instruere...inlustrare...delectare Disputations

Sunday, November 06, 2011

Well, that makes sense

Luke 16:8b-9 are Jesus' words following the Parable of the Dishonest Steward:
"For the children of this world are more prudent in dealing with their own generation than are the children of light. I tell you, make friends for yourselves with dishonest wealth, so that when it fails, you will be welcomed into eternal dwellings."
If on Friday you had asked me for my thought on this passage, I would have said something like, "Oh, you know, sometimes Jesus is inscruitable. Semitic idioms, and all that."

Now, though, I'd be ready for you. "Have you not read," I would reply with butter-won't-melt sincerity, "the notes on these verses in the NAB and the Douay Rheims?"

The NAB says:
The...conclusion recommends the prudent use of one's wealth (in the light of the coming of the end of the age) after the manner of the children of this world, represented in the parable by the dishonest steward.
The DR, which has "mammon of iniquity" instead of "dishonest wealth," says:
Mammon signifies riches. They are here called the mammon of iniquity, because oftentimes ill gotten, ill bestowed, or an occasion of evil; and at the best are but worldly, and false; and not the true riches of a Christian.
As for the friends made, the DR notes that they are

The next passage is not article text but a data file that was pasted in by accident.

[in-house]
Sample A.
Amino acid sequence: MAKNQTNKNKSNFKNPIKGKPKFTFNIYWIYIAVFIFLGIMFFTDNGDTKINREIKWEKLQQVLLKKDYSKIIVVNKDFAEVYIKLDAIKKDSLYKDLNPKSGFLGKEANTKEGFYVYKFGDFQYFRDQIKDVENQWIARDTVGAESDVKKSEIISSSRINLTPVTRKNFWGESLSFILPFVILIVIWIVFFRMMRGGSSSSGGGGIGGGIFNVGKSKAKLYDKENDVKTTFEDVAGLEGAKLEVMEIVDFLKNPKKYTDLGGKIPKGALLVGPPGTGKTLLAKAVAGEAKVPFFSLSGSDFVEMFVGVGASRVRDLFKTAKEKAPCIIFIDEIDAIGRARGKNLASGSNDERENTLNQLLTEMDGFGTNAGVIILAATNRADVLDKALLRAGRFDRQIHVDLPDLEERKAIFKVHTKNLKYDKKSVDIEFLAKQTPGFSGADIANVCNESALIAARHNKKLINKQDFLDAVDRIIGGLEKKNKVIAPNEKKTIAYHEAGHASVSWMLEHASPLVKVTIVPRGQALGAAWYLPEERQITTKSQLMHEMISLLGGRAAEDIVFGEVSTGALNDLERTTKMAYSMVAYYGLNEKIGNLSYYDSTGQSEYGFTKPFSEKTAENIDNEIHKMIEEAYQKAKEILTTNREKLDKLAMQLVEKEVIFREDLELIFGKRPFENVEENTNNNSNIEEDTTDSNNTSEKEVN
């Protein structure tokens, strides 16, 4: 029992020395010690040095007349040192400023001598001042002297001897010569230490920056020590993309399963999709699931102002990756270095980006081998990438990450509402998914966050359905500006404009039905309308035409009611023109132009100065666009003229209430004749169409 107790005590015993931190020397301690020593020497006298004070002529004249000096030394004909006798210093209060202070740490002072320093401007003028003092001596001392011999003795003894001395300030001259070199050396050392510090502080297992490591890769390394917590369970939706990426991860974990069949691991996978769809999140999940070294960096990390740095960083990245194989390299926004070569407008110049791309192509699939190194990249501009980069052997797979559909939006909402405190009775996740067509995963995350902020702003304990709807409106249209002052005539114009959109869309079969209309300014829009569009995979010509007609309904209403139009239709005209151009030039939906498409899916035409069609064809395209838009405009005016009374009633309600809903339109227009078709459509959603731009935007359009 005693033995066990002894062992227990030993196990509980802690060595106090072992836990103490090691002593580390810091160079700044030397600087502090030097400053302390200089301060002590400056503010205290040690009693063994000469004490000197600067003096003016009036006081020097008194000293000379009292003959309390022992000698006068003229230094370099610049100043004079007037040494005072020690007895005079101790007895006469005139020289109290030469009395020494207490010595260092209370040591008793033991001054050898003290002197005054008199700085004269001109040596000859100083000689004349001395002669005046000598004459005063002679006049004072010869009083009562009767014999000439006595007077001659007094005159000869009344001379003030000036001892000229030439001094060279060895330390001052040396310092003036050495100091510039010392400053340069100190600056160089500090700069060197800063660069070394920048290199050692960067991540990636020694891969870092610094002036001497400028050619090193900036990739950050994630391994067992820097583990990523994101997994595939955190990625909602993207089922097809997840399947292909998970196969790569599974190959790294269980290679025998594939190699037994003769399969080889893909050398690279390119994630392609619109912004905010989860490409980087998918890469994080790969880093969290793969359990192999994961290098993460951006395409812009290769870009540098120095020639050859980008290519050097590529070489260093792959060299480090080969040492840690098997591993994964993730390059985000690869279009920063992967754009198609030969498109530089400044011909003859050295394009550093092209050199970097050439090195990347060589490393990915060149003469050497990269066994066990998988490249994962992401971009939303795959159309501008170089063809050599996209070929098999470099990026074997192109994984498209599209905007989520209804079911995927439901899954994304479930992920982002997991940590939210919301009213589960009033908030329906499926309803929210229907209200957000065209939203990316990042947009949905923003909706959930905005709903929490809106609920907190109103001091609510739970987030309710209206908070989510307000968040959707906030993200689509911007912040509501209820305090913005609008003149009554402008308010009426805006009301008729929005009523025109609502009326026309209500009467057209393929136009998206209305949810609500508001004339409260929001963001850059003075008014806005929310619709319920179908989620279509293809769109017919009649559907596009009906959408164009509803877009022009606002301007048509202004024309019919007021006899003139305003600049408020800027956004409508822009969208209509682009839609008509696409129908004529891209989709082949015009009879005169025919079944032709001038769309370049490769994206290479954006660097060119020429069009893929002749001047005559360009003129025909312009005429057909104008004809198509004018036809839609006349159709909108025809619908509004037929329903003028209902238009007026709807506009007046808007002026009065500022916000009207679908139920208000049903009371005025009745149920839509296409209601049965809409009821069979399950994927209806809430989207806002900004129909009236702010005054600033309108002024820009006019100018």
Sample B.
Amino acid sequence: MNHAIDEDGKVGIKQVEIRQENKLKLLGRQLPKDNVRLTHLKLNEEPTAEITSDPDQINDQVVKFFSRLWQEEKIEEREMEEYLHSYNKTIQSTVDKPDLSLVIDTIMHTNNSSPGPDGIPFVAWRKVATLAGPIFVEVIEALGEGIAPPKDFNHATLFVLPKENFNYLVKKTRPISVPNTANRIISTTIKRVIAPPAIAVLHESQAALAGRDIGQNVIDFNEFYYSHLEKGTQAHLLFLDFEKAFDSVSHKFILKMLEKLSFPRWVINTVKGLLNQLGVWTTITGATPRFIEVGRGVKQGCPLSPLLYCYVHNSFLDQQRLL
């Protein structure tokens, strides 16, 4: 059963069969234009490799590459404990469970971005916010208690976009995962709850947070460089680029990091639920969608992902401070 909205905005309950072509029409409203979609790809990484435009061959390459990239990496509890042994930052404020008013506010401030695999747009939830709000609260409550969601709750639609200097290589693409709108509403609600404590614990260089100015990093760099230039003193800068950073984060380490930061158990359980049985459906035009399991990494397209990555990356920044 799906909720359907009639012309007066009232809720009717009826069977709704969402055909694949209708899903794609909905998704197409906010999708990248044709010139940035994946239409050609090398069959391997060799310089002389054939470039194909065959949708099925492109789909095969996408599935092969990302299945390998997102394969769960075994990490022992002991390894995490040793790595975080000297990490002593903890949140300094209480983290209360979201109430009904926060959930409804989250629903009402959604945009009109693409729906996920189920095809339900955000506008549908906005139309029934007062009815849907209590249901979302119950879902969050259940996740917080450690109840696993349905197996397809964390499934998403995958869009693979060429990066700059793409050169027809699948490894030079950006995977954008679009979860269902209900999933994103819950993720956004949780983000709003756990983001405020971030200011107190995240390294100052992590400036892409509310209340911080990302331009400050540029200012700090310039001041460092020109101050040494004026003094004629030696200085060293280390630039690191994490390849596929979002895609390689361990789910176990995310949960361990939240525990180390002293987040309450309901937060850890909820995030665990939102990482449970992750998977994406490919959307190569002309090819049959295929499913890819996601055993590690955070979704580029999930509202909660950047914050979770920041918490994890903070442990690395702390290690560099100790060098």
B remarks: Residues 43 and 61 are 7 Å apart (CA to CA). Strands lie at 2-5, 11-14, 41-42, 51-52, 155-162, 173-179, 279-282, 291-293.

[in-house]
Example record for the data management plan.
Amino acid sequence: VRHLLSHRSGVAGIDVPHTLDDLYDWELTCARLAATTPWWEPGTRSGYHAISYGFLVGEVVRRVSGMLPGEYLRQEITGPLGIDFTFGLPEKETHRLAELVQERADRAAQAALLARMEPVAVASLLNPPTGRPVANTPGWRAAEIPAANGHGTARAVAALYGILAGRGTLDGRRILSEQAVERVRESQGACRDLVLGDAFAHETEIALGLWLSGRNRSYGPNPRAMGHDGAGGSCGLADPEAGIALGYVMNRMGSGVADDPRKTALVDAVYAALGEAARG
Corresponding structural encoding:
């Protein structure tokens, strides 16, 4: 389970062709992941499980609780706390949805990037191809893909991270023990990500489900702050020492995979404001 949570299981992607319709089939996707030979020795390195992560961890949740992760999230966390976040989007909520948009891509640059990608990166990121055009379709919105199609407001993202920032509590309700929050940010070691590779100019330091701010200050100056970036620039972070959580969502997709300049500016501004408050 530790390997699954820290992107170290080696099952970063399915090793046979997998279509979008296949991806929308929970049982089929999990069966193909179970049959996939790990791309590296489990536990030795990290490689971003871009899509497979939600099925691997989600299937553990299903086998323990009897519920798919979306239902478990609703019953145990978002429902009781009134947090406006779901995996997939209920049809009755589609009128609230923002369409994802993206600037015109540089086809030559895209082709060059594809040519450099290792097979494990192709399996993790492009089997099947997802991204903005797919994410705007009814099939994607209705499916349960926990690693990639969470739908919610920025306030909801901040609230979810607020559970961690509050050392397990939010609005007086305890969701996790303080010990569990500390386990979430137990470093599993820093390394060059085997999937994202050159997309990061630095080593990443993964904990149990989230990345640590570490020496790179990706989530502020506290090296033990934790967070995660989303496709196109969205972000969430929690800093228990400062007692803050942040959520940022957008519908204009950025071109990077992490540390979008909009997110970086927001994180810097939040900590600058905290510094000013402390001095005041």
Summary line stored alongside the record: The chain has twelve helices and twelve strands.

the poor servants of God, whom we have relieved by our alms, [who] may hereafter, by their intercession, bring our souls to heaven.
The solution, then, presents itself once you allow "prudence" and "wisdom" to be generic terms, that can be used relative to either temporal, human ends, or eternal, divine ends.

The dishonest steward was prudent, in this generic sense, because he did something that would accomplish his end of having people who would feel obliged to look after his temporal needs. Jesus tells His disciples to be prudent in doing something that will accomplish the end of having people who will look after their eternal needs.

And it so happens that both the children of this world and the children of light can use plain old everyday money -- dishonest and iniquitous, at the very least, in the sense that sooner or later it will fail to get you what you want -- to set themselves up for the future. What Jesus is saying, in part, is that the children of this world know this and the children of light do not.

In short: Have you tried almsgiving?